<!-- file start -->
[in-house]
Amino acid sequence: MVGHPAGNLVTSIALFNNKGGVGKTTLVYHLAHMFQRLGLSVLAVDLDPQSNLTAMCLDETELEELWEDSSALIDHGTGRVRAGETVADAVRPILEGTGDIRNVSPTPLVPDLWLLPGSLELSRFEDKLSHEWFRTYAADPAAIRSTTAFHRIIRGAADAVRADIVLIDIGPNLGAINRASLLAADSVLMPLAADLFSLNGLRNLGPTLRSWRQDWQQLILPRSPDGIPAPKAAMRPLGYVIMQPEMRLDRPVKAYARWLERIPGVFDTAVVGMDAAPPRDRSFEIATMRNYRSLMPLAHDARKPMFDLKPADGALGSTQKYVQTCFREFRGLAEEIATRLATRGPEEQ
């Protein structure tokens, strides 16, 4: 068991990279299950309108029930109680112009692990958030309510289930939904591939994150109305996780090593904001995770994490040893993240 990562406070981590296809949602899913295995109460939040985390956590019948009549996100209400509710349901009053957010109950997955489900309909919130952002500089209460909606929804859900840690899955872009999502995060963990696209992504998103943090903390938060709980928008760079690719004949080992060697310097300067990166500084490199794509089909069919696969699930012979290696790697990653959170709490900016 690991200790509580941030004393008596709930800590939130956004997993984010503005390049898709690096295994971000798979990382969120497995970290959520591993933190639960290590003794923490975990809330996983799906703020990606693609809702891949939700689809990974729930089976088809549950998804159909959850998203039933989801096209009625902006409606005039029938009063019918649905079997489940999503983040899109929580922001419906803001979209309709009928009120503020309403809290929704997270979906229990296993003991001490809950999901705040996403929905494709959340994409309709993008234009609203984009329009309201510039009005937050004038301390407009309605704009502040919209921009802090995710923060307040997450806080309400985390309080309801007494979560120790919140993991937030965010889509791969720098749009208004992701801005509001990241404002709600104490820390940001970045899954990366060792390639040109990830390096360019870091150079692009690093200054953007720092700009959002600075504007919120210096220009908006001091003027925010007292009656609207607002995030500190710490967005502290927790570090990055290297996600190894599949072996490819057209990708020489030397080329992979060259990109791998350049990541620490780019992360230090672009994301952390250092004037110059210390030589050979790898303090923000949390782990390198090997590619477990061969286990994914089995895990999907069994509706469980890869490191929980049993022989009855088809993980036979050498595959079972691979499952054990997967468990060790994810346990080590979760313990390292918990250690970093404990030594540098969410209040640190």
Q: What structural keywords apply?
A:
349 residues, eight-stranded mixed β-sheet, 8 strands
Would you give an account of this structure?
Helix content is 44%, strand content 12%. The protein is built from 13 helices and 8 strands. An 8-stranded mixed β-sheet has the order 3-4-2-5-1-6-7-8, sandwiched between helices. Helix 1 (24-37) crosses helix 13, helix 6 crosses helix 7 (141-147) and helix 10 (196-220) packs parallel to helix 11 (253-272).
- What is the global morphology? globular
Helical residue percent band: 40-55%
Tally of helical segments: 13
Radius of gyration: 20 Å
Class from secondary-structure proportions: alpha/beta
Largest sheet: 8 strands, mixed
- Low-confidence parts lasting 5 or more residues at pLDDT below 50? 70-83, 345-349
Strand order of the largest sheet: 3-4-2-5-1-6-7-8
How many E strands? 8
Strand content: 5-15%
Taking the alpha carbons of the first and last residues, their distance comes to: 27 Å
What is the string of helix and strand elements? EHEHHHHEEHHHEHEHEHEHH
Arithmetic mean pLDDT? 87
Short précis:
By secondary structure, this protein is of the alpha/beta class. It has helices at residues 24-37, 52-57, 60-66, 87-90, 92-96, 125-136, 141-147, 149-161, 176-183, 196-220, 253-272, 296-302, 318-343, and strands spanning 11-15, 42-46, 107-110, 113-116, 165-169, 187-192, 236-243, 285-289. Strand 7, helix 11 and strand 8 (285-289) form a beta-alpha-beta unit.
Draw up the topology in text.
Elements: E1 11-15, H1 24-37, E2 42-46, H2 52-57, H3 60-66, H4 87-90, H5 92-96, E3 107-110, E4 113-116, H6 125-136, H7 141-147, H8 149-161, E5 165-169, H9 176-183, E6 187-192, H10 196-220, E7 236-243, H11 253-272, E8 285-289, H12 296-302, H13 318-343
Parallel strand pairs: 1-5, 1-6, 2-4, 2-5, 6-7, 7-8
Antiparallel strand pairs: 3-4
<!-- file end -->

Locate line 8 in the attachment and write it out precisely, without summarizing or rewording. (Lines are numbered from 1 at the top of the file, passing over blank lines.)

Helix content is 44%, strand content 12%. The protein is built from 13 helices and 8 strands. An 8-stranded mixed β-sheet has the order 3-4-2-5-1-6-7-8, sandwiched between helices. Helix 1 (24-37) crosses helix 13, helix 6 crosses helix 7 (141-147) and helix 10 (196-220) packs parallel to helix 11 (253-272).